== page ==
Wednesday, March 18

Meeting 9 (3/24) — Well-Ordered Science

Kitcher, Science, Truth, and Democracy, Chapters 7–10.

For next time, we'll begin to consider Kitcher's articulation of an ideal of how science should be pursued in a democratic society. To focus our discussion, I want us to think in particular about four questions (roughly corresponding to the four chapters of STD I've assigned). Let's do another small group discussion-followed by general discussion. And since we already have groups in place, we might as well put those into play (so that you have some forward notice about what to focus on in your reading).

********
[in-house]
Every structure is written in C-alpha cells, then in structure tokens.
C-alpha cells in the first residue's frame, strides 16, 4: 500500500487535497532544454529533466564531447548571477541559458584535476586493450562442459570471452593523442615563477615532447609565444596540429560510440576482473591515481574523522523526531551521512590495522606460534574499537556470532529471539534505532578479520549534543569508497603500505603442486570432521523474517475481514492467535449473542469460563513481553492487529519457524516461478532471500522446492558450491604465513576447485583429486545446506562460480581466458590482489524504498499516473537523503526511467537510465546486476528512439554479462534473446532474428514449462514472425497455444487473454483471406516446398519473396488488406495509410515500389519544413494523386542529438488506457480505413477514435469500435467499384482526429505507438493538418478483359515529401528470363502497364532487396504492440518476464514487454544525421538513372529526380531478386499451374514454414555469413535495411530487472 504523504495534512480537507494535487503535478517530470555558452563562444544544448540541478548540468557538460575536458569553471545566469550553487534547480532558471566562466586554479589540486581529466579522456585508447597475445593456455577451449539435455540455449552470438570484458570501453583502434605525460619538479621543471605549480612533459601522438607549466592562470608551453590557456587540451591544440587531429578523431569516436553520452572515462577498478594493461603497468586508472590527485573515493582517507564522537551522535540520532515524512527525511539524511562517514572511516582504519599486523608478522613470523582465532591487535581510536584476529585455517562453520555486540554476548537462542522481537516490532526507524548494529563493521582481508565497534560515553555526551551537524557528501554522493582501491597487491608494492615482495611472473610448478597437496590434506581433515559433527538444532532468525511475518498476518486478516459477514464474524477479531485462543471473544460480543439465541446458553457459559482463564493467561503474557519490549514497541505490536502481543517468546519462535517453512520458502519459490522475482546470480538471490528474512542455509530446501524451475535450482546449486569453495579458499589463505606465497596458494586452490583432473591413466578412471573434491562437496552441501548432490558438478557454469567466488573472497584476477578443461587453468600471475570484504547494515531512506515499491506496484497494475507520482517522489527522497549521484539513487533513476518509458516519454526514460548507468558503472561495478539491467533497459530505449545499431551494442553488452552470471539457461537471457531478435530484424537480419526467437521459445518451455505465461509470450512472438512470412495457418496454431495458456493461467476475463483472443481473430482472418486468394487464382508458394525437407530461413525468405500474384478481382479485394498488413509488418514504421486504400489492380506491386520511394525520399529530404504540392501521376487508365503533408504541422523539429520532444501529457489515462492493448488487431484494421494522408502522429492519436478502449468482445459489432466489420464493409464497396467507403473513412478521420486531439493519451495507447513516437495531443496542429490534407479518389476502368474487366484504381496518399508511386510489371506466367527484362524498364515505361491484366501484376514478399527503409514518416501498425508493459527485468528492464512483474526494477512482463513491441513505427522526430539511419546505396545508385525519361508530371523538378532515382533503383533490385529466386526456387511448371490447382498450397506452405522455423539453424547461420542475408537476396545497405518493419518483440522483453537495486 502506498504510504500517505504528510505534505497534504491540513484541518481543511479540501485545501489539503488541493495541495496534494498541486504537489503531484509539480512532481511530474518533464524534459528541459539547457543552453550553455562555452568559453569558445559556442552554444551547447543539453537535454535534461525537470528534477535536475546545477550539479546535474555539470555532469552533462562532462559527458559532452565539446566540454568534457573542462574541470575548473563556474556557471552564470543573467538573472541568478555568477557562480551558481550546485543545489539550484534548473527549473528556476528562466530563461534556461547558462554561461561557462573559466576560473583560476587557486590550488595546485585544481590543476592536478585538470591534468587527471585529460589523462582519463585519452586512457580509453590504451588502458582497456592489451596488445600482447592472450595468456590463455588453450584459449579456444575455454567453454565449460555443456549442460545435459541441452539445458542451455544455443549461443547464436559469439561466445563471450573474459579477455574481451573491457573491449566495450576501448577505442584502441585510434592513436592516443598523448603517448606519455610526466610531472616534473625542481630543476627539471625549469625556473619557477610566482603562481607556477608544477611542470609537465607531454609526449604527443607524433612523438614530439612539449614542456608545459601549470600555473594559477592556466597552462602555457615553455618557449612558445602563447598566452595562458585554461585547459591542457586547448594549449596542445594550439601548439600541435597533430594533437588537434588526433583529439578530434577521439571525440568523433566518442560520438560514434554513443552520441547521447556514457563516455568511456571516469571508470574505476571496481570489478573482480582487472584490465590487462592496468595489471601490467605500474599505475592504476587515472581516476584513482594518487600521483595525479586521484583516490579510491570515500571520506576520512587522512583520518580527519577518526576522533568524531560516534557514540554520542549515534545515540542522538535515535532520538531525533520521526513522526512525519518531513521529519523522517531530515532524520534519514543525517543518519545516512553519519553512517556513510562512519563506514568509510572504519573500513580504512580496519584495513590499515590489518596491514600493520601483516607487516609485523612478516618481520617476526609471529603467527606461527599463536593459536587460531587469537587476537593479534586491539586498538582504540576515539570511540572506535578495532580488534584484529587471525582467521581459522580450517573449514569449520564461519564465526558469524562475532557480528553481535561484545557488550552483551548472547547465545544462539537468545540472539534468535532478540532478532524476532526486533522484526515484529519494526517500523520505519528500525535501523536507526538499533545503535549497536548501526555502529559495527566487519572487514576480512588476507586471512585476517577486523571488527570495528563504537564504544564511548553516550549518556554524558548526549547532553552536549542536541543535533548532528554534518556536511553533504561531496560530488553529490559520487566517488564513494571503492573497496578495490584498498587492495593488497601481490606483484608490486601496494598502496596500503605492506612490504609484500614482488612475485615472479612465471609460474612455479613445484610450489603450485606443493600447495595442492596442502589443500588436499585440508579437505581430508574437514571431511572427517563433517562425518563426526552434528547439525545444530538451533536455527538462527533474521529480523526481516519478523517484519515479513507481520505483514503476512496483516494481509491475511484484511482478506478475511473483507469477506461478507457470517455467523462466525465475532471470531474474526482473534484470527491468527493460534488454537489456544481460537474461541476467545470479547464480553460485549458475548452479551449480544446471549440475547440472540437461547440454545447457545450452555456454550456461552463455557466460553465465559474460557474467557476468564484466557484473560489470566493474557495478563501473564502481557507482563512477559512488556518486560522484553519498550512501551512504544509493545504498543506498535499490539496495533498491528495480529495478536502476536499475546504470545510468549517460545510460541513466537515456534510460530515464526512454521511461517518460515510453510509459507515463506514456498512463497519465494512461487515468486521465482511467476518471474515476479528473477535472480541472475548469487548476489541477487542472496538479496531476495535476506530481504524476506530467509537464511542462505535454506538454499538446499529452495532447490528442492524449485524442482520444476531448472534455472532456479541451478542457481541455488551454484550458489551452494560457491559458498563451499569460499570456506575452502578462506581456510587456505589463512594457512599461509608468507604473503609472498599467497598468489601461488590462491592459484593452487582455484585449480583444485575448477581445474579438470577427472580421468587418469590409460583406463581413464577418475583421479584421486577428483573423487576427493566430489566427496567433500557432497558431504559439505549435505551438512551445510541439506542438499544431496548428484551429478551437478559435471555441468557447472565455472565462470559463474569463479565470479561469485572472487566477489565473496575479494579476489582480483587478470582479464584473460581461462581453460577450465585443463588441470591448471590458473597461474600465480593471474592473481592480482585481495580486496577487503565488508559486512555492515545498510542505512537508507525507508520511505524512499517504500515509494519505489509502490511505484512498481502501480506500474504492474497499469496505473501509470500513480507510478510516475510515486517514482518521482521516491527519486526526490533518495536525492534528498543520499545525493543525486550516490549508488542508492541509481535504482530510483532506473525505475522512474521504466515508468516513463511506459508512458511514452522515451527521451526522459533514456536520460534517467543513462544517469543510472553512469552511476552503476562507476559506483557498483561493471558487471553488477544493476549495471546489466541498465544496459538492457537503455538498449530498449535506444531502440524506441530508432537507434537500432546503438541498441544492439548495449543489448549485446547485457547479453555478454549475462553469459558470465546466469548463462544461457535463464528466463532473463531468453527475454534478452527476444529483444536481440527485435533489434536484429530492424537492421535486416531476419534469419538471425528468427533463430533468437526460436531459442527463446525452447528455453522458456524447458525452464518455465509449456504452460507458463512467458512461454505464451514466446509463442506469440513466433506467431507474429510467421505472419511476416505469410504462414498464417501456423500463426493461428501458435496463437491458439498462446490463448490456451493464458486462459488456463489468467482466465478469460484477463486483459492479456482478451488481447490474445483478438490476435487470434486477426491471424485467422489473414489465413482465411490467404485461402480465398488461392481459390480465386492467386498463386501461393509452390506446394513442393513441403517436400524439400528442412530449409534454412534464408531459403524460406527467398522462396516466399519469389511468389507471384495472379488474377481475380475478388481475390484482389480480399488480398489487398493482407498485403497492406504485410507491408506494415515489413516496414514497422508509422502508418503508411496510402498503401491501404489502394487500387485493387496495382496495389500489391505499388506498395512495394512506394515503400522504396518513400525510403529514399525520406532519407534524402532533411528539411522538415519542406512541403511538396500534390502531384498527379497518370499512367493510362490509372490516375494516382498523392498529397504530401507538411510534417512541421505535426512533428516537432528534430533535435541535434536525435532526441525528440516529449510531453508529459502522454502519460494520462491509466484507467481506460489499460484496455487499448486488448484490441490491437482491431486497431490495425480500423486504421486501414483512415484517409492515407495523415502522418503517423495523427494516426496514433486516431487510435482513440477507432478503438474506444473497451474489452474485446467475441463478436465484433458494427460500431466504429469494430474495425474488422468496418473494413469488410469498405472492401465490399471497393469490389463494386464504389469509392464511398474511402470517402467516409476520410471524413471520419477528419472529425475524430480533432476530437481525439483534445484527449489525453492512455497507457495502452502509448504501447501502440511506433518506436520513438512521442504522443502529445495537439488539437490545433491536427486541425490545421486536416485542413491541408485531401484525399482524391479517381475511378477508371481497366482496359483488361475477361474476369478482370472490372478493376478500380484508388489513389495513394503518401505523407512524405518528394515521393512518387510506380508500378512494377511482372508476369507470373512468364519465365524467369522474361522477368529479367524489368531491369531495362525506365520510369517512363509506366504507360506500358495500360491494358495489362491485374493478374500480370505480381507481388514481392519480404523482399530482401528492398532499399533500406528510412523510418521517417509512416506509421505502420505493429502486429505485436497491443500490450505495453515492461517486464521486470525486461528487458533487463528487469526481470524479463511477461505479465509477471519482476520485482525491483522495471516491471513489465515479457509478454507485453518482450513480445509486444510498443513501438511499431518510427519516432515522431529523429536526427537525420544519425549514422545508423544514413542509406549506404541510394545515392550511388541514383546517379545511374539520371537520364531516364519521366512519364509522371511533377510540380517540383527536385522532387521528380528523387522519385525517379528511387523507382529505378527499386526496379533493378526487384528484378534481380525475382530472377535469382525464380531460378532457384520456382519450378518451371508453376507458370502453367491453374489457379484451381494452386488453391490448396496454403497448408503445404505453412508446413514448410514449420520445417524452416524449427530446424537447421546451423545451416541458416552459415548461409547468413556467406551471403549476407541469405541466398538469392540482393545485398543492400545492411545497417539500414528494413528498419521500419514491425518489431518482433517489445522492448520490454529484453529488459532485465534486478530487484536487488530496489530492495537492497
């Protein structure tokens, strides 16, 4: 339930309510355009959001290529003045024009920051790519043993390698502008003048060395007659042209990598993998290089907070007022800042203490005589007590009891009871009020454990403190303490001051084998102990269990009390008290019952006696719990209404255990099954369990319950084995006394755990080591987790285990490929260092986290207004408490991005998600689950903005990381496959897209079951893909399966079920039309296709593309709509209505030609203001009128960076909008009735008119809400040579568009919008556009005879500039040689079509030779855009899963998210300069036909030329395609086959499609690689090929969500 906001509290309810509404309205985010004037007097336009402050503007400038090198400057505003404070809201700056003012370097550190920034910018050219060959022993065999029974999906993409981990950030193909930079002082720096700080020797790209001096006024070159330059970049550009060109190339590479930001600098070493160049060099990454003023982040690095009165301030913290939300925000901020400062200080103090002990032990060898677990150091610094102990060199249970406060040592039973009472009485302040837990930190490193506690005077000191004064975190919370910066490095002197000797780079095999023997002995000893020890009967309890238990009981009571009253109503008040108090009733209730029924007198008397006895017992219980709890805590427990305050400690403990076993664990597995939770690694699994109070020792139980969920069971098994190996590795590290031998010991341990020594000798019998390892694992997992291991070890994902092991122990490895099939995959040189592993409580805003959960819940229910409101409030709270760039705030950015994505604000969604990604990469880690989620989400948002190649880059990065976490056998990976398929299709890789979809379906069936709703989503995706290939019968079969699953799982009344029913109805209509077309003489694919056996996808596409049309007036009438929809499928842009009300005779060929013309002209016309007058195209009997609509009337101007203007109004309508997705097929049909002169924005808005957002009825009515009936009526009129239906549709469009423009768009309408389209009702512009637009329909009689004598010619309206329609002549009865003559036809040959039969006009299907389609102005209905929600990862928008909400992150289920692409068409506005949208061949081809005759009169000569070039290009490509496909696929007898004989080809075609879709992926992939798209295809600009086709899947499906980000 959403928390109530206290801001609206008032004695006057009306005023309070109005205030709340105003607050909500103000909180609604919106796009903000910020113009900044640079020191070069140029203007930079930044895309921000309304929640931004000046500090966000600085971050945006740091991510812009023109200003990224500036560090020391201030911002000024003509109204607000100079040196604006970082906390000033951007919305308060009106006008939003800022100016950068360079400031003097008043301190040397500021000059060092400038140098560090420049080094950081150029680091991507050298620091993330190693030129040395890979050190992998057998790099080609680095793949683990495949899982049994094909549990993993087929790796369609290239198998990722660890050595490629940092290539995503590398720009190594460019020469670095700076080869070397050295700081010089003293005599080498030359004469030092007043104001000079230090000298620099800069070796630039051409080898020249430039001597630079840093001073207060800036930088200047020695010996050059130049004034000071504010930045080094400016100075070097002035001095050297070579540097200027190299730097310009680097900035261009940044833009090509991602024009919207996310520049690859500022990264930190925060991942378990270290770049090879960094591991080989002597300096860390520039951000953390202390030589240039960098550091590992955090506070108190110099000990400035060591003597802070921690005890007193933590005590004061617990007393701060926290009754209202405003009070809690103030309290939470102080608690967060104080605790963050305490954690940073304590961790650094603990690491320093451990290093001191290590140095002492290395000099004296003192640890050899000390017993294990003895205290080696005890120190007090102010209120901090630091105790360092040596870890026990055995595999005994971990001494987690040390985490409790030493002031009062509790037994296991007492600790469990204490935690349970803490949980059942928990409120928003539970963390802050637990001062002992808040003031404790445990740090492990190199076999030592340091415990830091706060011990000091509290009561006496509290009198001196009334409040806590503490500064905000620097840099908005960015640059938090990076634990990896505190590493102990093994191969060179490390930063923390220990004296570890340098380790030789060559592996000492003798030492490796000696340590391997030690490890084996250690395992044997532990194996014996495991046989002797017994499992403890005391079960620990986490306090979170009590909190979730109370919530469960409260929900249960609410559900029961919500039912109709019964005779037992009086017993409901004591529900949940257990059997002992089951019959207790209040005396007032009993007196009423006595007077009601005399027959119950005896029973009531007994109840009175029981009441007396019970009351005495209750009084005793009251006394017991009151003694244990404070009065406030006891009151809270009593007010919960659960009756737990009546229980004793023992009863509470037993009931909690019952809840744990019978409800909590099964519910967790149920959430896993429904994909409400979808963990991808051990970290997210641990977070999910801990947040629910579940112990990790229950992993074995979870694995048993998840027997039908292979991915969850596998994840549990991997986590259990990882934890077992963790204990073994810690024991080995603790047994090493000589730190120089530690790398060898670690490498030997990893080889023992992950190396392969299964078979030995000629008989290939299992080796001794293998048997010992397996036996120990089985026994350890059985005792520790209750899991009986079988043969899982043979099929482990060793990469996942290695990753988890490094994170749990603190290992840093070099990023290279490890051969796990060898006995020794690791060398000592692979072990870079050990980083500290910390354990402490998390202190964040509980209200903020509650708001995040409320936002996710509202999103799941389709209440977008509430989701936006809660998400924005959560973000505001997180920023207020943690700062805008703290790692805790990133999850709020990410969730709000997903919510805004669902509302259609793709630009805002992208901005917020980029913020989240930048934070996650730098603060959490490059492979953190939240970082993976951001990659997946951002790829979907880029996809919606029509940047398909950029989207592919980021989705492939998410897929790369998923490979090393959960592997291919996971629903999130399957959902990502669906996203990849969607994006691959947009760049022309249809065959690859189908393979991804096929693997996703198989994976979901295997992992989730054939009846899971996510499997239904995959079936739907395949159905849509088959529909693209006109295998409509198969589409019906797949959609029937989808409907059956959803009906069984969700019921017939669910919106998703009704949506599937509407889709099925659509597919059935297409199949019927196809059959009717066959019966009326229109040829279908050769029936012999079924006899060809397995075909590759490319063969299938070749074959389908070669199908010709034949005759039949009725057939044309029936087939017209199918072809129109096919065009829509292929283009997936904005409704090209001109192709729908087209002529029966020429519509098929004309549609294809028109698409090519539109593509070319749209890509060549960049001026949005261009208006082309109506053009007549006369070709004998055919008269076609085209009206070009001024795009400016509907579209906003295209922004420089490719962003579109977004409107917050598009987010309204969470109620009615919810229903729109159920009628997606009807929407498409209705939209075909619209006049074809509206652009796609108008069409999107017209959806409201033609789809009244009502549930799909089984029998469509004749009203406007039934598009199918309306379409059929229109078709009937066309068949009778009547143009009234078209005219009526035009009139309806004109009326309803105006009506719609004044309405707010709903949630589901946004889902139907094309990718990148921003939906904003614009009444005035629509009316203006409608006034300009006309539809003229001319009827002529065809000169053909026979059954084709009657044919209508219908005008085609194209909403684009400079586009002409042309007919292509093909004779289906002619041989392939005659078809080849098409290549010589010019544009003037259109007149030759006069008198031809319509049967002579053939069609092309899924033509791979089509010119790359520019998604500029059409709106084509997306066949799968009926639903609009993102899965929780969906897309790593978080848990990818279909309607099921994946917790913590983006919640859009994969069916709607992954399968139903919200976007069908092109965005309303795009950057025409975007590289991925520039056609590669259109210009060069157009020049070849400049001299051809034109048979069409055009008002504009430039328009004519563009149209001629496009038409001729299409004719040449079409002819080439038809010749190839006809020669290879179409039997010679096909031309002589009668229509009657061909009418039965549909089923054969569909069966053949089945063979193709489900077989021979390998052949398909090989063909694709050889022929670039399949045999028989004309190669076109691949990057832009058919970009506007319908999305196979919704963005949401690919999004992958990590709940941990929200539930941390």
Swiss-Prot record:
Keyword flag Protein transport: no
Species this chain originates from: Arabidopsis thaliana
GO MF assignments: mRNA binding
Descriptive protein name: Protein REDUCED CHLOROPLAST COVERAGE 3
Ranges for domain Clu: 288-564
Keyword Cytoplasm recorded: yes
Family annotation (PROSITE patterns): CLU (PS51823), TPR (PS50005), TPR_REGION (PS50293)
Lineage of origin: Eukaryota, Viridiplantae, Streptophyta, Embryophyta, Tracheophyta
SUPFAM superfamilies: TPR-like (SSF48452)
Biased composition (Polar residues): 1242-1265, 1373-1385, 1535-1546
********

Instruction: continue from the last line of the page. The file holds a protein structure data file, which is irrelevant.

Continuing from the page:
1) Kitcher claims that "pure science" is a myth. What are his arguments and do you find them convincing? [Group 4]

2) What is the argument against pursuing lines of research (contra claims about the value of free inquiry)? [Group 3]

3) What is the ideal of well-ordered science and what can/should its role be in helping us think about how we pursue different scientific projects? [Group 2]

4) Kitcher believes that the ideal of well-ordered science can help us identify some problems in the current functioning of science. Which of these problems looks like the most worrisome? Which are most tractable? [Group 1]

Hope you're all having a good spring break. . . .

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